"I'm fine," she said grimly, and when he opened his mouth to argue further, added, "But I'll make a deal with ye."
"What's that?" Rory asked, and Niels couldn't help noticing his brother was suddenly wary. He would have been himself. One never knew what would come out of their sister's mouth.
"Promise to accompany me to check on Edith and I'll let ye examine me," Saidh said firmly.
Rory scowled. "Saidh, ye can no' seriously be thinking to ride a horse in yer shape. Ye--"
"Fine. Then I do no' need examining," Saidh waved away his diatribe and turned to face the table.
Niels lowered his head to hide his amusement as Rory cursed, but then his brother heaved out a breath. "Fine. If ye let me examine ye, I'll see what I can do fer yer friend Edith," he said shortly. "Now . . . will ye please let me examine ye and be sure all is well?"
Saidh relaxed and even smiled faintly, but then she grimaced and said, "Aye. But give me a minute to rest at least. 'Twas a tiring bit of business getting below."
That last part was admitted almost shamefully, which told them that it was true. Saidh disliked showing weakness.
"I shall carry ye up," Rory offered gently.
She blinked at the very suggestion and began to laugh, but it died quickly as Saidh looked Rory over. Eyes widening slightly, she took in their previously lithe brother and said, "Ye've put on weight and yer arms have muscle."
"Aye." Niels grinned at her comment. "He's been workin
"Why?" she asked with surprise.
Rory grimaced and answered, "Our brothers have been working hard at convincing me that while kenning how to heal others' injuries was good, it may be prudent to learn how to defend meself as well so that I could remain healthy enough to do so." He smiled crookedly and added, "After all the trouble both ye and Dougall and yer mates ran into recently, it did seem they may be right."
"Aye," Saidh said solemnly. "They are."
Rory nodded, and then raised an eyebrow. "Shall I carry ye up?"
Heaving a sigh, she shook her head and stood up. "I'll walk. Ye can hold me arm though to be sure I do no' overbalance and tumble backward down the stairs."
Rory merely nodded and took her arm to lead her away.
Niels watched them go, his gaze narrowing with concern on Saidh's protruding stomach.
"Surely she should no' be that large already?" Geordie murmured with a frown.
Niels shook his head. "I've never seen the like this early on."
"Aye, and ye ken what that means," Alick said gloomily. When the other two men merely looked at him in question, he rolled his eyes and pointed out, "We'll have to go to Drummond now. We can no' let Saidh try to ride there in her state. Hell, she was puffing and weary just from walking down the stairs and Greer carried her most o' the way."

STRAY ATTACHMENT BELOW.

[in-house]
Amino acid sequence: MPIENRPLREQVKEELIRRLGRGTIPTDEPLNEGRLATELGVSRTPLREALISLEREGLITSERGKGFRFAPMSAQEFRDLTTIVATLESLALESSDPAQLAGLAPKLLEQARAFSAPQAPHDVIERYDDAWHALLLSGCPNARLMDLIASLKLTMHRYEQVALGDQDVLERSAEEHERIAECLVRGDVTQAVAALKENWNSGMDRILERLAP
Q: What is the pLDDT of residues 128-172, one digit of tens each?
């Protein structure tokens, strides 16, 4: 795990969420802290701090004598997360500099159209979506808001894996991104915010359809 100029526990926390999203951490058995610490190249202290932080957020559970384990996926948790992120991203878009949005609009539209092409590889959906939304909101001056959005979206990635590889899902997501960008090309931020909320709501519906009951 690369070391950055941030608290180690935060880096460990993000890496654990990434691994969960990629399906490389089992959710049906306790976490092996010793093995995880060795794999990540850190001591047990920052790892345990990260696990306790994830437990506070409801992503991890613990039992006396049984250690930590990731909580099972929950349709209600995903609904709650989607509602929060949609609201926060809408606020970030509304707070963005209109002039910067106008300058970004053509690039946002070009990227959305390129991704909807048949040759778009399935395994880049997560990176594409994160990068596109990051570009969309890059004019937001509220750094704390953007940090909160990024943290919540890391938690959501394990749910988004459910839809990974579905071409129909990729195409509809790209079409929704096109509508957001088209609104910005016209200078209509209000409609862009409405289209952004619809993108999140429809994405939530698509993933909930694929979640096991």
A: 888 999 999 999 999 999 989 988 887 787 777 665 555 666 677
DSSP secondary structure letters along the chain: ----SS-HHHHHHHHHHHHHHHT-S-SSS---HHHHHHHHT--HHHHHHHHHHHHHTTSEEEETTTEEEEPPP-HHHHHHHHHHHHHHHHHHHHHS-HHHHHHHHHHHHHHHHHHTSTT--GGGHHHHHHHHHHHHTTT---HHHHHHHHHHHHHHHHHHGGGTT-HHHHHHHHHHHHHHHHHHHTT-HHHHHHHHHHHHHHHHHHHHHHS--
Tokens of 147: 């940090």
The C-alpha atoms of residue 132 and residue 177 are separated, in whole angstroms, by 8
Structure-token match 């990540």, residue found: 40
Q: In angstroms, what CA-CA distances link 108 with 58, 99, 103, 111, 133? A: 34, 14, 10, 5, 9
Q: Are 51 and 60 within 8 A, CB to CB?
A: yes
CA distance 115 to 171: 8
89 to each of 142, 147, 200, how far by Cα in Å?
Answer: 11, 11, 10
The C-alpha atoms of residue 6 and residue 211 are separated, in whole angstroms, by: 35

Niels blew his breath out on a sigh, but nodded. "We'll make a detour that way on our return from McKay and--"
"Ye can no' wait that long."
That determined comment drew his gaze around and he saw that their brother-in-law was returning. Mouth thinning, Niels said, "We have a delivery to make, Greer. The McKays are expecting their woven cloth by the end of the week. We can no' just--"
"I'll have six o' me men make the delivery in yer stead," Greer said firmly. "But ye ha'e to head to Drummond straightaway else Saidh'll insist on going herself."
Niels pursed his lips as he considered the offer and then countered, "Twelve men."
"Twelve?" Greer scowled at the suggestion. "There were only going to be the three o' ye seeing it there yerselves."
"Aye, but 'tis expensive cloth, and one Buchanan is worth four o' yer average warrior," he pointed out. "O' course, if ye want to travel with them, then ye can get away with eight and yerself."
Somewhat mollified by the implication that he was as good a warrior as his brothers-in-law, Greer sighed and then nodded. "All right. Twelve warriors will escort the woven cloth to McKay."
Niels smiled slowly. He'd just traded a long, uncomfortable two-week journey to McKay and back, for a much quicker two-day jaunt to Drummond. Life was good when the heavens smiled on you like this.
"Bloody hell! Open the damned gate and let us see Lady Edith, ye whoremonger, or we'll set it alight and smash it down ourselves."
Alick's threat made Niels shake his head, because threats were all they were. Setting fire to the Drummond gates and smashing them down was the last thing they were going to do. Hell, with just the four of them there, he wasn't sure they even could. Though it would be fun trying, he acknowledged.
Still, they weren't here to start a war with the Drummonds. Their only task was to check on their sister's friend and report back to Saidh on how she fared. Unfortunately, nothing short of their actually seeing the lass was likely to keep Saidh from insisting on trying to ride out there to see her for herself. And he suspected even that wouldn't be enough. Once they'd agreed to come, she'd insisted on accompanying them. Only Rory's warning that the journey might harm her unborn babes had kept her at home. Well, that and Greer's threat to tie her to their bed and keep her there under guard until the babes were born if she even tried mounting a horse.
Niels shook his head again at the thought. Babes, as in plural. As in his sister was bearing more than one babe. Rory suspected it was twins. Alick and Geordie were sure it was going to be more and were betting on the size of the litter. Alick was guessing three, Geordie four. Niels thought they were both mad. Women did not have litters of three and four. Twins alone were a rarity. Three or four . . . well . . . he'd heard old wives' tales about some woman way back when, or from a distant land, having three bairns in one birth, but he was sure an old wives' tale was all it was. Still . . . Saidh was huge enough to be carrying three or four.